Since then, this whole issue of description v. prescription has been taken out of its original context, and debated as an issue in itself. I myself long acquiesced in the pro-Greenbergian mantra that he was merely describing, not prescribing, adumbrating and not advocating. Now I am going to CHANGE MY TUNE & say that in describing he was ALSO prescribing, and in adumbrating he was ALSO advocating. HOWEVER to that I will ALSO ask, how does this make him DIFFERENT from any other art critic or any art writer or art historian? When writing about art, do we not ALL limit our discussions to what we consider worth discussing, expressing our opinions and making judgments in so doing?


I learned this lesson 42 years ago, when I started writing the Art page of Time. Because I didn’t have a byline and primarily described the art under discussion, instead of drawing loud and obvious conclusions about it, I was scorned by highbrows as a mere “art writer,” and not an “art critic,” yet every Monday, when I made up a story list of the articles I’d write that week, I was playing the role of critic, too. My section usually had room for only 2 or 3 articles – and I was seeing at least 7 or 8 shows every week, while aware of dozens more. I knew that whatever I wrote about would get a lot of attention, so I limited my selections to art that I thought deserved such attention (almost always because of its goodness in those days; now I also discuss art that deserves mention because of its badness, but only of artists so famous that they deserve to be shot down). How does expressing a preference for “modernism,” as Greenberg did–by writing about it, and trying to explicate it – differ in kind from expressing a preference for Warhol or Damien Hirst by writing about them? Even if one is only bridling at the huge amounts of money such art or artists may be pulling down, by discussing their monetary value one is swelling their reputations.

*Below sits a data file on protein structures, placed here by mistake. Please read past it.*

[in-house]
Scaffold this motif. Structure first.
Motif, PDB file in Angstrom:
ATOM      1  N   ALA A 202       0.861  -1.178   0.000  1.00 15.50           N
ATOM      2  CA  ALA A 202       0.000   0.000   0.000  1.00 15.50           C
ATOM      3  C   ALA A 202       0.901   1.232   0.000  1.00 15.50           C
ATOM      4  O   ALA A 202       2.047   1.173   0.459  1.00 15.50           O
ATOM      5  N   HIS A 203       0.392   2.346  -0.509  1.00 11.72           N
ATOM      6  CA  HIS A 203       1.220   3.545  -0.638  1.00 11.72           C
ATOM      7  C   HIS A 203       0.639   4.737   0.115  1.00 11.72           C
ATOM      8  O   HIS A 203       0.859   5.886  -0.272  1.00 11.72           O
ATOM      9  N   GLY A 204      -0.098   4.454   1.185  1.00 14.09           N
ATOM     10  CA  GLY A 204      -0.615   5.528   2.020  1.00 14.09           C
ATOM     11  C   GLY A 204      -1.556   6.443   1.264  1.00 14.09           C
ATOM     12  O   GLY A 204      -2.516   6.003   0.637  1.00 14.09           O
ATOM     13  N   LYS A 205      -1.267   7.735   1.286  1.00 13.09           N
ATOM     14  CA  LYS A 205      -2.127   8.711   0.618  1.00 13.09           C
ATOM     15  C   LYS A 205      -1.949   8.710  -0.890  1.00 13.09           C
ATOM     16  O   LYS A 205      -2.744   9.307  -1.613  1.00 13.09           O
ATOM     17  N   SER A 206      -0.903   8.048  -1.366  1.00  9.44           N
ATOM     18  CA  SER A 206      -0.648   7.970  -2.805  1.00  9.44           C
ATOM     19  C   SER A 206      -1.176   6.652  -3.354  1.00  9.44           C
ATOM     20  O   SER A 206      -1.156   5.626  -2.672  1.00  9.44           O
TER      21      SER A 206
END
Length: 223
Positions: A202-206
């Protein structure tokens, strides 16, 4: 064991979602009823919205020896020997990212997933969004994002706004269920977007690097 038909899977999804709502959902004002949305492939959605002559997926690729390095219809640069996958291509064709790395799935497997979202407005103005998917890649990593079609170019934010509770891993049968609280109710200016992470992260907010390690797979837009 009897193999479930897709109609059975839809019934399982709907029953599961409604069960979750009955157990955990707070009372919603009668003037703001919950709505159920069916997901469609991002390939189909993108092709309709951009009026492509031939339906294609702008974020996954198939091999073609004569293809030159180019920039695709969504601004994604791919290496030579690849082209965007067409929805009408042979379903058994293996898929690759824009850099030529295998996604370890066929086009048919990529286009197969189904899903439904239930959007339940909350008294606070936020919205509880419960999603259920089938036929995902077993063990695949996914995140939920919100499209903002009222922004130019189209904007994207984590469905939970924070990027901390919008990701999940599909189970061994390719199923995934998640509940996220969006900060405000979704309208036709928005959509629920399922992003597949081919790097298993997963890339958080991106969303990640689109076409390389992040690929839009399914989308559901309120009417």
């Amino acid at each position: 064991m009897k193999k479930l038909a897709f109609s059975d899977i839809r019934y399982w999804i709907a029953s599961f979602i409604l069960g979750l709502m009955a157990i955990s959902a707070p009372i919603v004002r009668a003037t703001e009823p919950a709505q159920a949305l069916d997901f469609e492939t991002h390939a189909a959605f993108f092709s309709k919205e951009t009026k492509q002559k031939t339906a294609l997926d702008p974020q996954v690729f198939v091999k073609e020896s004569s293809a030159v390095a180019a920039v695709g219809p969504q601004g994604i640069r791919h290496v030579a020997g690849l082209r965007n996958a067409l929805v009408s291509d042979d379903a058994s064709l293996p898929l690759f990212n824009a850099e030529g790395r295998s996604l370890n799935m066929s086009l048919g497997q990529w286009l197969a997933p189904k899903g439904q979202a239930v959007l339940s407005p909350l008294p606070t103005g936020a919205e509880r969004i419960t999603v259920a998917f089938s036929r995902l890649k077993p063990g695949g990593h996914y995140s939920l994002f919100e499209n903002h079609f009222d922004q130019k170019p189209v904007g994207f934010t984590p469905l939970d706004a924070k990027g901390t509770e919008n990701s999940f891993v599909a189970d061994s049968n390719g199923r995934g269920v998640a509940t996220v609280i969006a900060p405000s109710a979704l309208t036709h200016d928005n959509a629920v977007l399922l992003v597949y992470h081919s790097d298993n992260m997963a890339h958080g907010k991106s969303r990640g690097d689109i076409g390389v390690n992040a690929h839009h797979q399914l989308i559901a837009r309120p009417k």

Sure, many people who do “art writing” today about artists who enjoy high standing within the status quo like to say that their writing is “non-judgmental,” but for me there is no writing that doesn’t express a judgment of some sort. Comes with the territory, friends. Why is it necessary to flagellate Greenberg for prescribing and advocating, when every other writer does the same thing? Only because so many people simply can’t see the virtues of the art he prescribed & advocated, or appreciate its superiority to more popular styles. This fundamental difference of opinion is why his insistence upon his position still raises hackles. Similarly, he has often been accused (though not in Bicknell’s article) of “teleology” – which is to say arguing that the art he was advocating would continue on in the same direction. Yet again, he was no more “teleological” than any writer who prescribes or advocates any other kind of art. The argument that he alone was “teleological” arose only because other writers didn’t like the idea that the art he admired might flourish and endure.